Wednesday, May 22, 2013

Rock 'n' Roll Reptile

A special guest star joined the army worms aka tent caterpillars in my dining room last night: a young blacksnake. His mom lives beneath the kitchen floorboards and is as thick as my wrist. Already crazed by the hundreds of crawling things in my house, I approached him with a camera hoping he'd dine for me on nearby caterpillars. He gave me a full-on, like totally natural, snake dance.

Monday, May 20, 2013

Why Caterpillars Infest Your House

The army worms or tent caterpillars of May 19 had dispersed in the morning but returned to my house at night, this time to the kitchen. They crept up walls and cabinets, through the red-pepper barrier beneath the door, and squashing them left and right I thought I'd go mad, using up paper towels and tissues, finally bringing out the vacuum, harassed, disgusted. Worse than ants. There is nothing in this house for caterpillars to eat, no plants, no breadcrumbs.

But there were none in the guest room although last night they were there by the hundreds; only in the kitchen. Their doors are only a few feet apart. Why were they choosing only the kitchen this evening? (Want to see them crawl? Video, 35 seconds.)

Answer: Light. The guest room was dark tonight but the kitchen was lit. Army worms are caterpillars, soon to become moths, and moths are attracted by light. It must be that caterpillars are, also.

I shut off the kitchen light. Their numbers diminished. I doused all lights in the house but one. Their numbers diminished.

Searching the Net (briefly, because in a minute I'm going to bed and turning out all the lights) I couldn't find this conclusion anywhere else but in a book published in 1896 by the Massachusetts State Board of Agriculture. But I'm telling you: Caterpillars invading your house at night? Shut off the lights!

Sunday, May 19, 2013

Invasion of the Army Worms

The army worms or tent caterpillars hatched, millions of  'em. I figured they were a feast for birds, but they crawled like an army toward my house and then at lights-out in the guest room, about 2 a.m., I saw Pseudaletia unipuncta crawling all over my walls and carpeting. . . they kept advancing. . .I vacuumed up maybe 200 in all. Wondering where they found entry, I stepped outside, and the stoop and the door were PAVED with the crawly things (dropping thousands of black pinhead turds), and around my head buzzed a universe of wasps dive-bombing and eating them. Immediately I threw lime over the largest mass of worms, and then bleach, and then powdered my threshold with ground red pepper.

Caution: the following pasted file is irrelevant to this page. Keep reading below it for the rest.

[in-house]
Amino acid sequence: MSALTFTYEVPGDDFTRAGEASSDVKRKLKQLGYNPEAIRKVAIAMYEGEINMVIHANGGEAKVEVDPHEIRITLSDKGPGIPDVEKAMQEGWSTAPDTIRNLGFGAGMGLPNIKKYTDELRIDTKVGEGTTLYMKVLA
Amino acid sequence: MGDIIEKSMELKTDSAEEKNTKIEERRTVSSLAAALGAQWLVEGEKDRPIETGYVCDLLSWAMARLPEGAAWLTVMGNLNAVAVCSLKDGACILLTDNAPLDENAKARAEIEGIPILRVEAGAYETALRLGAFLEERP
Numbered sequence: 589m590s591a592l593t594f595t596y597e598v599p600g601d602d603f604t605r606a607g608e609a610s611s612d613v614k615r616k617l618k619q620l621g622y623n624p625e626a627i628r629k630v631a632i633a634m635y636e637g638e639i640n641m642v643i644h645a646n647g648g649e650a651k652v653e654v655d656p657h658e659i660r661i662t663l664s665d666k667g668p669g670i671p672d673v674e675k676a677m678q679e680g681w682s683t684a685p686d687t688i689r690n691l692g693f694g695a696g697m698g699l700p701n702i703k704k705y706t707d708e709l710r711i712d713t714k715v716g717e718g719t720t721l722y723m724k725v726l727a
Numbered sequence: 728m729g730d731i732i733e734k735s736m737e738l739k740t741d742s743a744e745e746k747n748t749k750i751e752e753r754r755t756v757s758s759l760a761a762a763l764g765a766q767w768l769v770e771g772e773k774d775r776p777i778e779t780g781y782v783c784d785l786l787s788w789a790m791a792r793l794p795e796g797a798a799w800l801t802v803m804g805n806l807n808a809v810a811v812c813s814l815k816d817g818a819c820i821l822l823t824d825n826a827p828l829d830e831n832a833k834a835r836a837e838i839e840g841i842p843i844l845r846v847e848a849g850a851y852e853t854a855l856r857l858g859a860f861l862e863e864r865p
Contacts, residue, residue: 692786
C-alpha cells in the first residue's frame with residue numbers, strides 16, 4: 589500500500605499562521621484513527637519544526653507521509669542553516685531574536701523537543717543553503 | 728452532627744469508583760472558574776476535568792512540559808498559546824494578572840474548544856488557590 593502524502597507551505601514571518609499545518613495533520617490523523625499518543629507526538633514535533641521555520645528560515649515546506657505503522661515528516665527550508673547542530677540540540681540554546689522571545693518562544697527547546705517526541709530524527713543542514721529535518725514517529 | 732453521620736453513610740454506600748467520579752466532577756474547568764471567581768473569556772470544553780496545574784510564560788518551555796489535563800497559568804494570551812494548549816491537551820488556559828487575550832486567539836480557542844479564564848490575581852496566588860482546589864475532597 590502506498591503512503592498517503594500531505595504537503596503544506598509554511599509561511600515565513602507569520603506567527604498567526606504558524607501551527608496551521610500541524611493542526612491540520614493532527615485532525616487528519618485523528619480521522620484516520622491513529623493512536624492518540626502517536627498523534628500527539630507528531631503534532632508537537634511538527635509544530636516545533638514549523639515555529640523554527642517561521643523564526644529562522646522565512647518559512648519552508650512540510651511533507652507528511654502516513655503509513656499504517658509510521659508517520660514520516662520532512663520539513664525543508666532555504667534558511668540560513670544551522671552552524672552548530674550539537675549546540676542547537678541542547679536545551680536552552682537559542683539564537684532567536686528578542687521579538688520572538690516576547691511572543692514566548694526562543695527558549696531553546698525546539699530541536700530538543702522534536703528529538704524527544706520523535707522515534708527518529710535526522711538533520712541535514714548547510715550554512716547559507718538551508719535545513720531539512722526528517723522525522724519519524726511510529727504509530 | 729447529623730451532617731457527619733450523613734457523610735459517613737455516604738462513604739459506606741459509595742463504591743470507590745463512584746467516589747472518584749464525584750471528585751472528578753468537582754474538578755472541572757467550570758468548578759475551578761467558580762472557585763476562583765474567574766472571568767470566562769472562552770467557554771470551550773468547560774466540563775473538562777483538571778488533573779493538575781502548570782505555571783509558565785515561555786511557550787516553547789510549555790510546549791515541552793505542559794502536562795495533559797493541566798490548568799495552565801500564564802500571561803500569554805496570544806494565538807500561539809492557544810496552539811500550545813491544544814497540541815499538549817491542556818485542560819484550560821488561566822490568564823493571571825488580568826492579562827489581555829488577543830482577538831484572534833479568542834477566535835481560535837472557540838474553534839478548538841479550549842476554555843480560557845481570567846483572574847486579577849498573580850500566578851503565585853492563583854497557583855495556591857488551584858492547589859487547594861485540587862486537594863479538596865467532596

With a sigh I lay down in bed only to see one descending from the ceiling via a silken string. Grabbed it with a tissue. They spurt reddish-brown when crushed. (My kitchen floor looks like somebody cut an arm real good with a chef's knife.) The next morning I found a worm sharing my bed. (That's not a joke; that's literal truth.)

So shocked was I by the nighttime home invasion I didn't take many photos until this morning when I surveyed the battlefield with all the satisfaction of my ancestor Genghis Khan. Then I examined what these caterpillars had done to plants: skeletonized the leaves [see above photo], and they were still at it, so many thousands that their crunching and droppings are audible, like light rain.

When they find a suitable spot they begin growing white fuzz to cocoon themselves [photo at right], hoping to become moths in a little while. I have never ever seen an invasion of army worms like this. Their ranks also included true inchworms (thin green ones), and fat green caterpillars. I vow to fight them to my last pepper flake.

Friday, May 17, 2013

Beautiful Horrible

A new low: People throwing spaghetti from their cars into the roadside trees, I thought. But this showy jellylike ornament on a cedar branch, common after heavy spring rains, is Cedar-Apple Rust, not a fungus but a gall that grows only in the presence of both red cedar trees and trees in the apple family (including the hawthorn tree, bearer of Missouri's state flower). The same spherical gall can flower brilliant pumpkin-orange like this repeatedly during the spring, when rainy days alternate with dry. In a sinister and monstrous way it's pretty but not good news for the tree, and it's contagious.